But it won’t be cheap as towing the iceberg alone could cost up to $100 million—a steep price for an operation with several questions remaining over its viability. However, Sloane says his team will undertake all the risk if the move is approved by Cape Town. “We’ve got private investors standing by on the wings to fund it,” he tells Quartz. Under that arrangement, Sloane and his partners will only charge a delivery fee if the operation is successful. it won’t be cheap as towing the iceberg alone could cost up to $100 million—a steep price for an operation with several questions remaining over its viability. However, Sloane says his team will undertake all the risk if the move is approved by Cape Town. “We’ve got private investors standing by on the wings to fund it,” he tells Quartz. Under that arrangement, Sloane and his partners will only charge a delivery fee if the operation is successful. his team will undertake all the risk if the move is approved by Cape Town. “We’ve got private investors standing by on the wings to fund it,” he tells Quartz. Under that arrangement, Sloane and his partners will only charge a delivery fee if the operation is successful.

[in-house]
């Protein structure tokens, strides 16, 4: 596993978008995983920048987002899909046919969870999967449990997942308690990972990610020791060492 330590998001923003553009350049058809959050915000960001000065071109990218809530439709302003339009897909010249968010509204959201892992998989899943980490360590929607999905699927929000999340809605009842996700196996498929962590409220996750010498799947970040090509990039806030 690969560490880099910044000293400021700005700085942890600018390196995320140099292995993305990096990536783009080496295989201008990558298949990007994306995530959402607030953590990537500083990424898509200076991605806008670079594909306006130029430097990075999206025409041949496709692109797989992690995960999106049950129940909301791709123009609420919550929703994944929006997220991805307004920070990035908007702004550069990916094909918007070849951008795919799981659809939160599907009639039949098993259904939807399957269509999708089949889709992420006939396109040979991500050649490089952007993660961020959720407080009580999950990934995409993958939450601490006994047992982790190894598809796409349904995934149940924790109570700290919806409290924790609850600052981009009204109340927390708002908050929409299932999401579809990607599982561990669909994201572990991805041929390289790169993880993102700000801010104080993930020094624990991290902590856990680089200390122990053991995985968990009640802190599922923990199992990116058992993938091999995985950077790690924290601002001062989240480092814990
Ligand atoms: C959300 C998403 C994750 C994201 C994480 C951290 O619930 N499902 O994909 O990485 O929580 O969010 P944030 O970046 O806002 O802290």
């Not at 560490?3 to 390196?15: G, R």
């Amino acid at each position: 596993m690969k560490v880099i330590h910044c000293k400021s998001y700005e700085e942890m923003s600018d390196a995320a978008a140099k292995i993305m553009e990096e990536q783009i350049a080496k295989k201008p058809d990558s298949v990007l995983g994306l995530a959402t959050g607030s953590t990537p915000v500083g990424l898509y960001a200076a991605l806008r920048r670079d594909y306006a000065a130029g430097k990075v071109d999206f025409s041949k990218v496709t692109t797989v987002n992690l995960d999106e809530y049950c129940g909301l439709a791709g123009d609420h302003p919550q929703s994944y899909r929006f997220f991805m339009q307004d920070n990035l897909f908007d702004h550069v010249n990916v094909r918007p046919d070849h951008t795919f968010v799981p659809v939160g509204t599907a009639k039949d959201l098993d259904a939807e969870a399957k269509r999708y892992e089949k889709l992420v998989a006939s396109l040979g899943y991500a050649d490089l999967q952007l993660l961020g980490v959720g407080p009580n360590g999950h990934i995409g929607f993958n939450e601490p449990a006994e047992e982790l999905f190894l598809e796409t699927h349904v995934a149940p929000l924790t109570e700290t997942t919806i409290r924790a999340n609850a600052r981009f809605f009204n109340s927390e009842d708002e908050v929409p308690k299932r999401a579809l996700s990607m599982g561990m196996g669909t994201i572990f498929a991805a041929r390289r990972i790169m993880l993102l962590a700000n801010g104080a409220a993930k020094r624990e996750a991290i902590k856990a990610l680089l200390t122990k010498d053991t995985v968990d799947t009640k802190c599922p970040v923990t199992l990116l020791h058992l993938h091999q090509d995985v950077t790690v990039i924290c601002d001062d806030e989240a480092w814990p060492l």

OR the city can cut back on it's water use and wait for the rainy season to refill the reservoirs, crisis averted!

http://www.capetown.gov.za/Family%20and ... dam-levels
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Re: The Drought Thread Pt. 4

Unread postby dohboi » Wed 18 Jul 2018, 09:30:24

The Flash Drought Brought Misery, but Did It Change Minds on Climate Change?

Ranchers in Divide County, North Dakota, rely on the rain. Last year the rains failed, and the temperature shot up. ‘The crops just didn’t come out of the ground.’


Drought is an especially wily adversary. As an officer of the North Dakota Department of Emergency Services told me recently, "You can't put up a sandbag wall to stop a drought."

In Divide County, agricultural producers are especially vulnerable to the effects of drought, since they depend on dryland methods. Dryland farmers use no irrigation. Instead, they rely wholly on rain: to initiate the lush growth of little bluestem and other pastureland grasses that will sustain their herds through the summer, and to secure the hay harvest that will get the herd through the winter. Not to mention the rain they need for their wheat, barley and pea cash crops.

In 2017, ranchers were optimistic when they put their cattle out to graze in late spring. There'd been record snowfall over the winter, and regional forecasts weren't calling for any drought conditions in their northwest region of the Great Plains. By May, though, concerns were rising. Rain failed to come, and the good winter moisture evaporated into a cloudless sky. By July, two-thirds of the pastureland in the Dakotas was in poor condition, and across the High Plains, from Kansas up to Canada, temperatures were above normal while precipitation was low—perfect conditions for what's known as a "flash drought," sudden and severe.